Like those so-called “smart” phones. Or those newfangled fancy video gaming systems. Or any other kind of technology that discourages actual person-to-person contact. But every now and then these things surprise me with their very own silver lining. Like tonight when all the work was done outside and my people came inside to watch an episode of this “Game of Thrones.”

It was bloody and gory and depressing to me. But those direwolves brought to life for me what I would like to think viewers get from the show. They live and breathe loyalty and life. I’m not sure what else you can ask for when it comes to confusing people television.

 

Daily Dose of Nonsense April 10, 2014

Human communication never ceases to amaze me. Sometimes not saying anything at all says more than words. Other times words themselves bring conversation to a halt. Not to mention the nonverbal communication. And the emotions behind it all.

Me and My BuddySo I have to admit that it has been pretty interesting watching my little person develop a sense of language. Starting before he was born when he would kick my forever mom in the ribs. I think he was saying he wanted out. Then, for the first few months of his life, he has primarily cried to communicate all things.

That stopped today. Well, not exactly. The crying is still in the repertoire, but the vocabulary seems to be expanding. It’s been happening more frequently over a span of the last few weeks. But today I am sure of it. Dear baby Carter was, in his 3-month-old baby way, talking. To mom. He was looking her in the eyes and speaking. To which she would respond and he would respond and so on. Sure, mom’s words were coherent (and his were not), but that’s no matter.

Nonsense. From the ground up, that was my source of joy today. Which got me to thinking how nice it would be to find some sort of incoherent nonsense in all of our days. Some sort of absolute silliness that makes no sense at all other than that it is our daily dose of nonsense.

Suddenly I believed the words of Austrian-British philosopher Ludwig Wittgenstein who said that “if people never did silly things nothing intelligent would ever get done.”

Because those precious moments made mom cry those same tears I used to lick off her face when she was pregnant. Tears of joy. My favorite kind. I much prefer those tears to the ones little Carter makes sometimes. I’ve even been known to hide under the bed sometimes when he cries.

So today when he chose to use what will one day become his primary source of communication, I too felt a small bit of relief. And pride. And joy. From the ground up, it didn’t matter that it was complete and utter nonsense. It was joy embodied in screeches and babbles. It was another example of the wonder of human communication. It was life.

For a sample of the new little conversationalist: https://www.facebook.com/photo.php?v=573841715697&l=3886000390073174814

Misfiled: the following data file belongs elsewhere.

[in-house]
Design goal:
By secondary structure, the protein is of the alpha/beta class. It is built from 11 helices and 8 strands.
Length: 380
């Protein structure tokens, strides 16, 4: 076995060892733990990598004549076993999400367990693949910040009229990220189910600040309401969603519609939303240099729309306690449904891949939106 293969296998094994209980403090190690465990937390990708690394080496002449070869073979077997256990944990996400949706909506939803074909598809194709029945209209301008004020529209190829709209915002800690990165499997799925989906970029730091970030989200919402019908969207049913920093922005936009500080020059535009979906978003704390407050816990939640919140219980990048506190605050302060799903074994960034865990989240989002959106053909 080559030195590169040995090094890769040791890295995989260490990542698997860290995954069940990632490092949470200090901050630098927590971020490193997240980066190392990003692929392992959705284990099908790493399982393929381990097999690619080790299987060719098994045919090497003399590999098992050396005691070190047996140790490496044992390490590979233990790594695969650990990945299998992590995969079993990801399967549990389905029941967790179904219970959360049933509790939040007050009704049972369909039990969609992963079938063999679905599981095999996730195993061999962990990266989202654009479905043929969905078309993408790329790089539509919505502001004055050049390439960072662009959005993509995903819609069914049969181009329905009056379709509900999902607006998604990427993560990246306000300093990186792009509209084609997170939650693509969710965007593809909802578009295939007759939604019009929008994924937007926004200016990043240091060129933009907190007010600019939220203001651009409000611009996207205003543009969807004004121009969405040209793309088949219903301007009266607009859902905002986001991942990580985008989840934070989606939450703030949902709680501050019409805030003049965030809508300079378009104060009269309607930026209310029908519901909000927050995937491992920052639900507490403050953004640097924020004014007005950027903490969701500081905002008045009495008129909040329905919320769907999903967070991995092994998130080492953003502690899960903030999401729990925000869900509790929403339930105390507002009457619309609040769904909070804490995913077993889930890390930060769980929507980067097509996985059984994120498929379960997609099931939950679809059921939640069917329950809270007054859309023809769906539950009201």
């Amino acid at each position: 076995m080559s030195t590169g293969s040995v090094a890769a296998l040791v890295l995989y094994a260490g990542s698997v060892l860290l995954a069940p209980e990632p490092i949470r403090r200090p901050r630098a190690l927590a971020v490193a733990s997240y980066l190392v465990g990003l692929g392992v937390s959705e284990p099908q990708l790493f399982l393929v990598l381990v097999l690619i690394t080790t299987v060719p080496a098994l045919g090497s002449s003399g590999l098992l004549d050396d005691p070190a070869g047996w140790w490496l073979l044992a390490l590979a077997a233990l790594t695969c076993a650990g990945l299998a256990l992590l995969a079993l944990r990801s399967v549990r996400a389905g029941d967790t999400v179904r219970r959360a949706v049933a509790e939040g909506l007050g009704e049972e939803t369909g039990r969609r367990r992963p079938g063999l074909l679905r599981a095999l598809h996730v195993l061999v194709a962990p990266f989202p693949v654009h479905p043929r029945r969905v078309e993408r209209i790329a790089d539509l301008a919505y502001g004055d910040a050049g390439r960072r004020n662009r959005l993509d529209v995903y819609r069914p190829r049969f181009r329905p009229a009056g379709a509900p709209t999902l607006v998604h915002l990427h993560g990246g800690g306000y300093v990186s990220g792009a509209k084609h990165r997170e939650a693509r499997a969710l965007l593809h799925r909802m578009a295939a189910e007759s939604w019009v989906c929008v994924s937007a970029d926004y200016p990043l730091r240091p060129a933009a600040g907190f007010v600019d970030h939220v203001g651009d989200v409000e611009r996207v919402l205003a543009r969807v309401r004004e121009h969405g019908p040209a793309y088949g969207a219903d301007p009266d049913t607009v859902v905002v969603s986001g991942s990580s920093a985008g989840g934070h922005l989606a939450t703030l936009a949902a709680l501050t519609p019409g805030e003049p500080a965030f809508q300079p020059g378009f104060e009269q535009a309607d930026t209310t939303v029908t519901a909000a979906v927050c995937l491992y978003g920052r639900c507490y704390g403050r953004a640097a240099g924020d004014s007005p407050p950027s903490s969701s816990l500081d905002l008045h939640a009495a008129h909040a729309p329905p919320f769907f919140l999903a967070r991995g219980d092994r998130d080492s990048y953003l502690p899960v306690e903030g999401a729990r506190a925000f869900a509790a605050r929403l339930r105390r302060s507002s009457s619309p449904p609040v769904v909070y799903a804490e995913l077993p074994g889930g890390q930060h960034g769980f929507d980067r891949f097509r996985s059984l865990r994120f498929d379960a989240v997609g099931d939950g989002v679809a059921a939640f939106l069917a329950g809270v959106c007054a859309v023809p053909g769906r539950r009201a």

The Right Questions February 14, 2014

It could be any number of things. A cell phone ringing. An unrelated conversation with someone else. A to-do list that would take longer to complete than there are hours in the day. As a professional observer of people, I am here to confirm there are so many things that distract us from things that really matter on a daily basis.

It wasn’t anything extraordinary for my forever people today. Dad had an especially trying day at that place called work. Mom struggled to console baby Carter through one of his most fussy days yet. But today I watched with love as they pushed both of these things aside. Today they celebrated Valentine’s Day. And in doing so they celebrated each other.

Love. From the ground up, I watched it unfold before my little doggie eyes as dad put together a surf and turf dinner for mom. I saw it in their eyes when they read the cards they got for each other. Yet there was something else, something more, that set the day apart. Something I realized could do a lot of people good.

Questions. Thoughtful directive emotional questions beyond the more common “how was your day” pleasantries. What have I done this past year that you’re most happy with, mom asked. What can I do to be a better husband, dad asked. And conversation abounded, regardless of the happenings of the prior eight hours. Distractions stepped aside in those precious moments and it was just them.

It was just two people falling in love with each other all over again. And it was beautiful. This is not to say they don’t love each other every day of the year. That couldn’t be farther from the truth. But today was different and I think it’s because they put aside everything else and asked the right questions.

You know the ones. They challenge us and build us up and make us think. They are capable of breathing fresh perspective into our relationships. These are the questions we should be asking each other frequently. It might not be as easy as an empty “how are you,” but I think that’s the point. Love, like the love being celebrated around the country today, should never be empty. It should never be distracted. It should be full and overwhelming to the point where no distraction is powerful enough to take away its attention to detail.